Monday, March 8, 2010

International Women's Day Celebration

Today, March 8th, is the 99th celebration of International Women's Day. The history of how this day came to be is interesting:
International Women's Day has been observed since in the early 1900's, a time of great expansion and turbulence in the industrialized world that saw booming population growth and the rise of radical ideologies.

1908
Great unrest and critical debate was occurring amongst women. Women's oppression and inequality was spurring women to become more vocal and active in campaigning for change. Then in 1908, 15,000 women marched through New York City demanding shorter hours, better pay and voting rights.

1909
In accordance with a declaration by the Socialist Party of America, the first National Woman's Day (NWD) was observed across the United States on 28 February. Women continued to celebrate NWD on the last Sunday of February until 1913.

1910

n 1910 a second International Conference of Working Women was held in Copenhagen. A woman named a Clara Zetkin (Leader of the 'Women's Office' for the Social Democratic Party in Germany) tabled the idea of an International Women's Day. She proposed that every year in every country there should be a celebration on the same day - a Women's Day - to press for their demands. The conference of over 100 women from 17 countries, representing unions, socialist parties, working women's clubs, and including the first three women elected to the Finnish parliament, greeted Zetkin's suggestion with unanimous approval and thus International Women's Day was the result.

1911
Following the decision agreed at Copenhagen in 1911, International Women's Day (IWD) was honoured the first time in Austria, Denmark, Germany and Switzerland on 19 March. More than one million women and men attended IWD rallies campaigning for women's rights to work, vote, be trained, to hold public office and end discrimination. However less than a week later on 25 March, the tragic 'Triangle Fire' in New York City took the lives of more than 140 working women, most of them Italian and Jewish immigrants. This disastrous event drew significant attention to working conditions and labour legislation in the United States that became a focus of subsequent International Women's Day events. 1911 also saw women's 'Bread and Roses' campaign.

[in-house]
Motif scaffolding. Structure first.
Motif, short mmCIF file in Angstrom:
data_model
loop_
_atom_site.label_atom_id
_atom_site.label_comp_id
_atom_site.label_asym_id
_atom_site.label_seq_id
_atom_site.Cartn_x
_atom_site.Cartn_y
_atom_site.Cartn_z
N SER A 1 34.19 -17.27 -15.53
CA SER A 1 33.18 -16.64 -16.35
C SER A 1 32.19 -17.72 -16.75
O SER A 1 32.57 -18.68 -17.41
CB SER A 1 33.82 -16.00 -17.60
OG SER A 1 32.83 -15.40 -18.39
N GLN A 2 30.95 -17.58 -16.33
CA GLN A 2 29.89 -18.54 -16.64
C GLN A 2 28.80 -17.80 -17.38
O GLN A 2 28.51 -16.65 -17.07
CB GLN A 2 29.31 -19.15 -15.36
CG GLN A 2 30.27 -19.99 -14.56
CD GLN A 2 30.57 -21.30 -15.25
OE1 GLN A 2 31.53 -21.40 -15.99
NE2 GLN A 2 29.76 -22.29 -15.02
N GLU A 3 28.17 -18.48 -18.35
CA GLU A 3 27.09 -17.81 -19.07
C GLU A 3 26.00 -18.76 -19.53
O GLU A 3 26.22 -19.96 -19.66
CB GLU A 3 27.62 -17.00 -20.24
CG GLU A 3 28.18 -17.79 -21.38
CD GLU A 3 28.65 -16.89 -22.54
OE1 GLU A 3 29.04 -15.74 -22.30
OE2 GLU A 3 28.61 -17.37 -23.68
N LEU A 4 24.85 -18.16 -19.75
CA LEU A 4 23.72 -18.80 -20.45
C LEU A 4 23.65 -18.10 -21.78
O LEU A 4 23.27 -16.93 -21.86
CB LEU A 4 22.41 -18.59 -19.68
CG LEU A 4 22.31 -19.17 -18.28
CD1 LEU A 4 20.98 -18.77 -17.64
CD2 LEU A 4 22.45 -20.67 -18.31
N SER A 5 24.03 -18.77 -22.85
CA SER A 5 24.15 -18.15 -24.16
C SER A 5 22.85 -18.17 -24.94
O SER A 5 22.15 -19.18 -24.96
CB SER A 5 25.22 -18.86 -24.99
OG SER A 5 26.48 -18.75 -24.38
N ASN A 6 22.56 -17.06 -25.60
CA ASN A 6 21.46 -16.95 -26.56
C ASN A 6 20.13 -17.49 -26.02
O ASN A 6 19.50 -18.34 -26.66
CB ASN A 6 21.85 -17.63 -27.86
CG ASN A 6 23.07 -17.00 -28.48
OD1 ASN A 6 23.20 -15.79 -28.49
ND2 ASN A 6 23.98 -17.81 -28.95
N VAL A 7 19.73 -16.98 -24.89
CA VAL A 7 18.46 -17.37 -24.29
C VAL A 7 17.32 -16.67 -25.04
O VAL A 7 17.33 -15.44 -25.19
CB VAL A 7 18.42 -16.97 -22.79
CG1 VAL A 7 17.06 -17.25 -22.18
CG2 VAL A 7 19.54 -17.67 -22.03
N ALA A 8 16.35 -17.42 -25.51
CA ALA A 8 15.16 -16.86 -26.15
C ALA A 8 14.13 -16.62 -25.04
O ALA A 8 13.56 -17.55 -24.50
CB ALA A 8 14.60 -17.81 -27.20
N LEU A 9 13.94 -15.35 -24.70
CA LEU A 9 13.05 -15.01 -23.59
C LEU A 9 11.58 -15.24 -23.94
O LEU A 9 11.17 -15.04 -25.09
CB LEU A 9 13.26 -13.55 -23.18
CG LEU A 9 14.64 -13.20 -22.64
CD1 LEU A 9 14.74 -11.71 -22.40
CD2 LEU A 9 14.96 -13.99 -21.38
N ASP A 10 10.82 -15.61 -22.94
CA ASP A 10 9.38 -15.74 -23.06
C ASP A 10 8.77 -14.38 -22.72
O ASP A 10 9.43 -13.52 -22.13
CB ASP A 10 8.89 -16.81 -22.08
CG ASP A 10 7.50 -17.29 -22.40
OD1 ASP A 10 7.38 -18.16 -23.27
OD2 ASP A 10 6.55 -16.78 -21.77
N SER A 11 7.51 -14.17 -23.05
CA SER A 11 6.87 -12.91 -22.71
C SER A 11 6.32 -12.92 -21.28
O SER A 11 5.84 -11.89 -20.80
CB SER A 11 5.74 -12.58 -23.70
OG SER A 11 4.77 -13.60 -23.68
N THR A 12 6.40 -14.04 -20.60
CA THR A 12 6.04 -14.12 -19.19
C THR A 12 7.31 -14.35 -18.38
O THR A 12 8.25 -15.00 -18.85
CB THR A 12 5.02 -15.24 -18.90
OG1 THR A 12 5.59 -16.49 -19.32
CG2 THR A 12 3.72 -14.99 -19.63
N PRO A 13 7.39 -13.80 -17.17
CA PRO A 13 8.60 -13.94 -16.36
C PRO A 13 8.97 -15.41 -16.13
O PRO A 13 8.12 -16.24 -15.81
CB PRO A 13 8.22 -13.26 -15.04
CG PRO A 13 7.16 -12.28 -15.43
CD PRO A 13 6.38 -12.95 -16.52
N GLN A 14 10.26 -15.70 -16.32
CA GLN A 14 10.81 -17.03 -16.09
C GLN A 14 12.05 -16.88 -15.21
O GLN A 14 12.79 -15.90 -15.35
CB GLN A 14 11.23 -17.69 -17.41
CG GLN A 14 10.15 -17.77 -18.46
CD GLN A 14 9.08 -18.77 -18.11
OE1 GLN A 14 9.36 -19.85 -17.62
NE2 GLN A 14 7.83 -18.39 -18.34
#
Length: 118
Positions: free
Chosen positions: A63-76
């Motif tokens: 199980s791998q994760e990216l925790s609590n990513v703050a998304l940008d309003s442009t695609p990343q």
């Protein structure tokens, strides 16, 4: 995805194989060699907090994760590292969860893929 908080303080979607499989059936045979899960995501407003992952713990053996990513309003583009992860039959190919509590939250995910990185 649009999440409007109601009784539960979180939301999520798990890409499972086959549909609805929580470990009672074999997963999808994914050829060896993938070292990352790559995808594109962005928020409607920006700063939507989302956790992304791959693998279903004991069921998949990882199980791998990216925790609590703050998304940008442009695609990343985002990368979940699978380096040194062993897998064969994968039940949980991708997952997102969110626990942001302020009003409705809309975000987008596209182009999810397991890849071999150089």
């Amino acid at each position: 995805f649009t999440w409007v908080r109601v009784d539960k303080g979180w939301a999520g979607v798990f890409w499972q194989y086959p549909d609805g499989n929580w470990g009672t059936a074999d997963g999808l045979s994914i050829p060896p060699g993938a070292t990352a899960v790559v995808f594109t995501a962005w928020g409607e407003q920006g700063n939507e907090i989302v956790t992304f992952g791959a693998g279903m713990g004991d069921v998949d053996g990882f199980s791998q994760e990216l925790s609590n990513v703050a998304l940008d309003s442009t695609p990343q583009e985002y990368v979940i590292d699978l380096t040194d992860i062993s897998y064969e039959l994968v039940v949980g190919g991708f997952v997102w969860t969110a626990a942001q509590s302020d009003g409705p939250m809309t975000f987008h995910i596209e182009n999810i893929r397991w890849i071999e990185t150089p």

Fifteen thousand women marching in New York City over a hundred years ago - wow, that must have been some sight to see. To read the rest of the history about International Women's Day, click HERE.

In honor of this day, the UN Secretary General, Ban Ki-moon, prepared this address:



No discussion of IWD would be complete, though, without one of the most powerful speeches about Women's Rights and Human Rights. That would be Secretary of State Hillary Clinton's speech to the UN 4th World Conference on Women Plenary Session in Beijing:



Wow - moves me to tears every time I watch this speech for a number of reasons: to have such an amazing advocate for women's rights, and human rights; the awe of her making this point to such a wide ranging audience, and grief that so much about which Clinton spoke - economic inequality, educational inequality, and the rampant rape of women around the globe, often as a tool of war. After all these years, it is not decreasing, but increasing.

And one area in our hemisphere where rape is on the rise is in Haiti after the earthquake:



Thank heavens some of these women will be safer due to the security patrol, but this is an aftershock of the earthquake about which we have heard nothing. What a grave disservice to women that it is not being reported, and that these women are in such fear. Sadly, that is the case for many women, here and abroad.

On this day, this 99th celebration of International Women's Day, let us renew our resolve to make meaningful changes in the lives of women in the United States, Haiti, Sudan, Bosnia, England, all around the globe. Let us be mindful of what other women endure in other countries, as well as at home. Let us work for social justice, equality, and abolition of violence against women. And may we not falter, for our sake, for the sake of our children, for the sake of humanity.